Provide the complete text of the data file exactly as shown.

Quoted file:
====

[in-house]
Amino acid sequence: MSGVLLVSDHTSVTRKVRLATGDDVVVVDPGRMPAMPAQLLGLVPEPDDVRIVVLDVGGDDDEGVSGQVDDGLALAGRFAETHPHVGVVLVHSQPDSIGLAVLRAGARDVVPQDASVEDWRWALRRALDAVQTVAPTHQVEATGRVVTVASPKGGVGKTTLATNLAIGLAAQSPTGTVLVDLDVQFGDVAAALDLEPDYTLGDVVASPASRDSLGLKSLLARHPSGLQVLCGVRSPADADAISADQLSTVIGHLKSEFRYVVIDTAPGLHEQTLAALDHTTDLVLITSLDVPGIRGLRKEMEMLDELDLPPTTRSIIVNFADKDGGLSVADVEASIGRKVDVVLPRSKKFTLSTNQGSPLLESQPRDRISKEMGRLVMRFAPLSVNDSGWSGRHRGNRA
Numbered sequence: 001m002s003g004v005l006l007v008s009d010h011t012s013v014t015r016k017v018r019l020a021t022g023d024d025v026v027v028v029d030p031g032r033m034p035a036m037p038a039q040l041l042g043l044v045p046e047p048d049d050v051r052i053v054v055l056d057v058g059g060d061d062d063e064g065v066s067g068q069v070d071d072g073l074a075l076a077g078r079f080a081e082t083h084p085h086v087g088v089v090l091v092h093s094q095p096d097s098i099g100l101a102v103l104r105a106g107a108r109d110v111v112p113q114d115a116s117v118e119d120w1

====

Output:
[in-house]
Amino acid sequence: MSGVLLVSDHTSVTRKVRLATGDDVVVVDPGRMPAMPAQLLGLVPEPDDVRIVVLDVGGDDDEGVSGQVDDGLALAGRFAETHPHVGVVLVHSQPDSIGLAVLRAGARDVVPQDASVEDWRWALRRALDAVQTVAPTHQVEATGRVVTVASPKGGVGKTTLATNLAIGLAAQSPTGTVLVDLDVQFGDVAAALDLEPDYTLGDVVASPASRDSLGLKSLLARHPSGLQVLCGVRSPADADAISADQLSTVIGHLKSEFRYVVIDTAPGLHEQTLAALDHTTDLVLITSLDVPGIRGLRKEMEMLDELDLPPTTRSIIVNFADKDGGLSVADVEASIGRKVDVVLPRSKKFTLSTNQGSPLLESQPRDRISKEMGRLVMRFAPLSVNDSGWSGRHRGNRA
Numbered sequence: 001m002s003g004v005l006l007v008s009d010h011t012s013v014t015r016k017v018r019l020a021t022g023d024d025v026v027v028v029d030p031g032r033m034p035a036m037p038a039q040l041l042g043l044v045p046e047p048d049d050v051r052i053v054v055l056d057v058g059g060d061d062d063e064g065v066s067g068q069v070d071d072g073l074a075l076a077g078r079f080a081e082t083h084p085h086v087g088v089v090l091v092h093s094q095p096d097s098i099g100l101a102v103l104r105a106g107a108r109d110v111v112p113q114d115a116s117v118e119d120w1